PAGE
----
The reasons for preserving Traditional dress are as various as the reasons for abandoning it. Traditional dress tends to be durable and slow to change, so it discourages consumerism and a need for constant new clothing. Traditional dress reinforces the values that the originating culture holds towards the body and gender, and therefore, is usually consistent with the indigenous religion’s teachings on that subject.
Traditional dress reinforces tribal or national identity, and may demonstrate a deliberate visual separation from the values of Western culture, or the political agenda Western powers (political or corporate) are seen to be pursuing in the region. Traditional dress is often understood to be a protest against the encroachment of international capitalism, foreign religions or political invaders, and even the idea of change in general. Tribal sub-groups within a nation also use it to preserve a separate identity:
“The Kuna rebellion that led to the legal recognition of Kuna Yala as a semi-autonomous territory by the government of Panama was initiated when the government tried to prevent Kuna women from wearing their traditional mola costume. ” -Molas From Panama
Traditional dress is used, even in Western culture, when a statement needs to be made about what the culture regards as unchanging values. This is why traditional dress is used in coronations, investitures, graduations, weddings, funerals, social and religious rites, and why even minor changes to items of dress in these cases can cause serious controversy. See Catholic Splinter Group: Pre-Vatican II Separatists a Proctor from Costume of the Various Orders in the University of Cambridge.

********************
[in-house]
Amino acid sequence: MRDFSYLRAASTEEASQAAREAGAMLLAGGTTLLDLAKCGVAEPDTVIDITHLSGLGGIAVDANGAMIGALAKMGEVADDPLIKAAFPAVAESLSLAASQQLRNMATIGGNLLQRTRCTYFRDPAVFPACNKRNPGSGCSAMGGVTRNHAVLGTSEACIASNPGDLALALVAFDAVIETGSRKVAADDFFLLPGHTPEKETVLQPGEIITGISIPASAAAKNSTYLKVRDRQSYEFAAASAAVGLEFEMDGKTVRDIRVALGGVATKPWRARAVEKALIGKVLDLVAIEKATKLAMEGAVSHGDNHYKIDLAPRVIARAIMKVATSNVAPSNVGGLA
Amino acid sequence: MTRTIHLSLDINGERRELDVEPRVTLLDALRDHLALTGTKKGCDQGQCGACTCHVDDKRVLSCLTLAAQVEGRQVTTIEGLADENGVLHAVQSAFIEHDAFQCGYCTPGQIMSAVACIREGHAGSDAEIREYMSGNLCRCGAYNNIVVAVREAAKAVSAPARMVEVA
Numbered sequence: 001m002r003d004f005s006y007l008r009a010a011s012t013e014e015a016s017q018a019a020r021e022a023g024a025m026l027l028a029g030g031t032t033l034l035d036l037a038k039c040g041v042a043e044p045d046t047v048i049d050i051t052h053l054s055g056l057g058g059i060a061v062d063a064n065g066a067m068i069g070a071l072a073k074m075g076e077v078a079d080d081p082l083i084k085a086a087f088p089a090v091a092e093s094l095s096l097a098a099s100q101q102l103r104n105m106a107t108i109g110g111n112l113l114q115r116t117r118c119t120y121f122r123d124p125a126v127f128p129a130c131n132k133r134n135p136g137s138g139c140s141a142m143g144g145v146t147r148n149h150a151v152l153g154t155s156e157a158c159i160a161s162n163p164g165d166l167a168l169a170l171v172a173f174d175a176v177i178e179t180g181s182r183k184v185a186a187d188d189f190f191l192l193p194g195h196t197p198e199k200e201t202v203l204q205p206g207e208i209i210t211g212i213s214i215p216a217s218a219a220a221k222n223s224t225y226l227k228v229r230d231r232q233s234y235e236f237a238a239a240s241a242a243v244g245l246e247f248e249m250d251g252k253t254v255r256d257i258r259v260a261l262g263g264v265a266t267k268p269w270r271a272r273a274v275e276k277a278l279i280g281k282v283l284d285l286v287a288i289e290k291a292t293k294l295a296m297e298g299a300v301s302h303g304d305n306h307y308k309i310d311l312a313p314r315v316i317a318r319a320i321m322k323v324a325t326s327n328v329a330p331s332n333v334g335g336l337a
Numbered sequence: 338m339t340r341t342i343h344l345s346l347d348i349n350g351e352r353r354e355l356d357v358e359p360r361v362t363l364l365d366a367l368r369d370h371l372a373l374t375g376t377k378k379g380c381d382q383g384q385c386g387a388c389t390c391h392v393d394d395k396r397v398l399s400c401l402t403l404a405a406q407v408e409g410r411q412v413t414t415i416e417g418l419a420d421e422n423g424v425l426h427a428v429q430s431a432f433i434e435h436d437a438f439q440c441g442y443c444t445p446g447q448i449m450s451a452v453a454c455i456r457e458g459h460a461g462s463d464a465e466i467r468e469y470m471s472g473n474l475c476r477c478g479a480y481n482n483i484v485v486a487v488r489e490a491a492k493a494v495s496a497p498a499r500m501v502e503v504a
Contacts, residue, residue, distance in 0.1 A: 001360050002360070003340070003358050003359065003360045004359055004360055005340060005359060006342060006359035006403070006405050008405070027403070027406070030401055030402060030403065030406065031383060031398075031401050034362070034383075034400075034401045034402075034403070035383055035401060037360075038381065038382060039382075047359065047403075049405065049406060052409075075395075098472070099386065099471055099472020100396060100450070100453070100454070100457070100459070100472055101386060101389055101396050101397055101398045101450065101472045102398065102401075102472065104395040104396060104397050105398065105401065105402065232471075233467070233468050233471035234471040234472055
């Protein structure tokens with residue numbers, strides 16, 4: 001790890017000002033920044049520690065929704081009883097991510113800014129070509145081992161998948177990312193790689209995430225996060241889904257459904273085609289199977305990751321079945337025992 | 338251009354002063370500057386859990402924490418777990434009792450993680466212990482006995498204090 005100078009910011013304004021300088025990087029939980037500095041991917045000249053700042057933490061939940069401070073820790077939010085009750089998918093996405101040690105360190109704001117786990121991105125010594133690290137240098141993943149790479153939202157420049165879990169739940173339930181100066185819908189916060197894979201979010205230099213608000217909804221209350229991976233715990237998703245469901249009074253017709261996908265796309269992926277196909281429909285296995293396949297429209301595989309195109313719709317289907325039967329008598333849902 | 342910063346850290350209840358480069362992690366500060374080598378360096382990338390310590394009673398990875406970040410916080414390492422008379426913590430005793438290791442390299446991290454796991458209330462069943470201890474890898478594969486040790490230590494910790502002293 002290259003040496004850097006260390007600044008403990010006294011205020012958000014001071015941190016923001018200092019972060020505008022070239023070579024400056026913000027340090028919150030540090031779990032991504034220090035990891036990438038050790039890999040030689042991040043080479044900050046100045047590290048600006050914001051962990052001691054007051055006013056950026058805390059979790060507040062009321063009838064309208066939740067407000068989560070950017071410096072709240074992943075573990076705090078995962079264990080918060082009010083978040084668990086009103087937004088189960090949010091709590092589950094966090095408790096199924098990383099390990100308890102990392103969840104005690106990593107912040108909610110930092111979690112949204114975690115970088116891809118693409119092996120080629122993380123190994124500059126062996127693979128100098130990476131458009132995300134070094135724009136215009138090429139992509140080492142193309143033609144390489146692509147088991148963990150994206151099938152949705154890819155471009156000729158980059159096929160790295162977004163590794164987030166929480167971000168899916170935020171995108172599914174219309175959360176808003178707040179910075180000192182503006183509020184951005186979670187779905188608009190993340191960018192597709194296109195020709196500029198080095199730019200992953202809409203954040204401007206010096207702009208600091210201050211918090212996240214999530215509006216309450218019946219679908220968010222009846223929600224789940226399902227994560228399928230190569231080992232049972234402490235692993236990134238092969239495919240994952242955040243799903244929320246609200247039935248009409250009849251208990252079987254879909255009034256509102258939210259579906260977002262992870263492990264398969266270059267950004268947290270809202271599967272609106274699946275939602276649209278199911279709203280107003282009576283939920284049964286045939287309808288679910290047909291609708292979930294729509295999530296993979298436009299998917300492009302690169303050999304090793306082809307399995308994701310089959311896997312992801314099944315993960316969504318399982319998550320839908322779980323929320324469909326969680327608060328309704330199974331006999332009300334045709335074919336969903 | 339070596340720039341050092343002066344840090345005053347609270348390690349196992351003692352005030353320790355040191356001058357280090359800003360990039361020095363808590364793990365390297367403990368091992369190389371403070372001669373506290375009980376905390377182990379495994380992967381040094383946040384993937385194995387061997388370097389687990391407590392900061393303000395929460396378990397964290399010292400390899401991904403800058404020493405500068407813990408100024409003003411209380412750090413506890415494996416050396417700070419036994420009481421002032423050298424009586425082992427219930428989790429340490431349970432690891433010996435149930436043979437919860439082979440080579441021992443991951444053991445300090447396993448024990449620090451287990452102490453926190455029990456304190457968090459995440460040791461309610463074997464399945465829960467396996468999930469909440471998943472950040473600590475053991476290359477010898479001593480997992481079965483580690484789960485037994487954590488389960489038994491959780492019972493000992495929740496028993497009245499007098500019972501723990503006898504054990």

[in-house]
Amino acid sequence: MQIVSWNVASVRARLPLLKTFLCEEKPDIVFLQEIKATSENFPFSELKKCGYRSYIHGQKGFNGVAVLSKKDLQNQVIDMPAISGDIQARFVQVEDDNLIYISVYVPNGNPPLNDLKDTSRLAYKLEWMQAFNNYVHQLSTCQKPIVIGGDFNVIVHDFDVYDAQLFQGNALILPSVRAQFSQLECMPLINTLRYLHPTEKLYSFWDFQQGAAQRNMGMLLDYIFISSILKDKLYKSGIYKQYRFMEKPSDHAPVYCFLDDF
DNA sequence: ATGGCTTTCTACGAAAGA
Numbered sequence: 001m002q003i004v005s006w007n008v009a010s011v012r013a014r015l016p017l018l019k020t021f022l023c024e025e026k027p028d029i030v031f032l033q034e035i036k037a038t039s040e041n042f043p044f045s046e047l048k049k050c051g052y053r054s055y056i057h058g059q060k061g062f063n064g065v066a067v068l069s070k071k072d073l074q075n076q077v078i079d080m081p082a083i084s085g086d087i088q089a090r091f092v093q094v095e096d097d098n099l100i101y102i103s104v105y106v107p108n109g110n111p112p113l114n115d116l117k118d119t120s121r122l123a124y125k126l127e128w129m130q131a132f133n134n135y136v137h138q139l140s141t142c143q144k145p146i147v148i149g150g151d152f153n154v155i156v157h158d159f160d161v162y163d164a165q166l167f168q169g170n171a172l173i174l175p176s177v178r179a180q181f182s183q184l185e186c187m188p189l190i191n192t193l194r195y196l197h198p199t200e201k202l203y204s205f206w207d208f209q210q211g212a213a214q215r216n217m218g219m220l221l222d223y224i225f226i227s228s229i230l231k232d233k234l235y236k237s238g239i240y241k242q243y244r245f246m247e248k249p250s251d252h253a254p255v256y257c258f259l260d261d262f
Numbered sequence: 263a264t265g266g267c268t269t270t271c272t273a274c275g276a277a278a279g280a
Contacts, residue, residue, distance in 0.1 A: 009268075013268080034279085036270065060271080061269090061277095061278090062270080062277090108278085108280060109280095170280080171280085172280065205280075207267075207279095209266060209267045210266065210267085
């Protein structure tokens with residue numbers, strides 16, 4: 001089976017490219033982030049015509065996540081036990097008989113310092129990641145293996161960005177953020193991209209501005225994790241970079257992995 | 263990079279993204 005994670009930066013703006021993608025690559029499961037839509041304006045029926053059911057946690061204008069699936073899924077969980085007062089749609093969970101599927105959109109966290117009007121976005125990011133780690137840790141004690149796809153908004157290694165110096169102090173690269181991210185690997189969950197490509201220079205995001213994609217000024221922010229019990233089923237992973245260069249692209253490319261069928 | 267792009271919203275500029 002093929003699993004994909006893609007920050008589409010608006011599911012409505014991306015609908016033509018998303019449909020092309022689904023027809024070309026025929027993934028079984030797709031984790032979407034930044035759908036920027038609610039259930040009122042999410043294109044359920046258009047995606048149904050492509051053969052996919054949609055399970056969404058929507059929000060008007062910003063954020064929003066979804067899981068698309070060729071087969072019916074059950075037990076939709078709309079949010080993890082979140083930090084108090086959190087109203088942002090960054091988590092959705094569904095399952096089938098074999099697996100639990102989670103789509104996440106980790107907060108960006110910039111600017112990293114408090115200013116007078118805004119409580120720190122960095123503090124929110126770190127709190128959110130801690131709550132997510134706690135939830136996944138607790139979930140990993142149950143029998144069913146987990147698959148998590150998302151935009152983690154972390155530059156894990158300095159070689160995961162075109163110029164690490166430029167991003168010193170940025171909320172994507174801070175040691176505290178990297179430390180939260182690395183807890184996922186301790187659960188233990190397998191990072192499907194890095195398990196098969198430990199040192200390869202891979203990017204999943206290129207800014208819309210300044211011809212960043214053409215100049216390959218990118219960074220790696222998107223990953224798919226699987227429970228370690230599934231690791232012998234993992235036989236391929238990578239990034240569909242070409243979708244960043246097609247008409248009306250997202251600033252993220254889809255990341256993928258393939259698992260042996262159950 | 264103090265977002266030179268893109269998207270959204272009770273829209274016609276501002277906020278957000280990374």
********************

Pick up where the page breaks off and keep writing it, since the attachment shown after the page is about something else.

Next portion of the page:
Traditional dress also usually emphasizes the Aesthetic of a particular culture, and tends to best fit and flatter the typical body types of people of that ethnic heritage. Western fashions typically are designed to flatter usual European body types, and often look clunky on people who have different proportions. Traditional dress is also, often, designed for practical use in the climate and conditions of it’s area, and may be retained by locals, or even adopted by visiting Westerners because of it’s obvious comfort or utility. Ruth Grant And Evelyn Alexander in Athabaskan dress as the Storytellers in Naam, Theatre UAF.
Lack of a traditional dress leaves members of a group wishing that they had one. See Search For A National Dress (Kenya)
|Step 2:Choose a nationality or tribal group to research (anywhere in the world) and report on it. Here are some pages of links to help you:
From your researches attempt to find out as much of the following as can reasonably be accomplished in the time frame you have to devote to this, (depending on the group chosen you may be able to find out a lot or a little in the time frame so don’t panic if you can’t get this all):
Report to the group on your findings (including links) to the message board or your site by the weekend.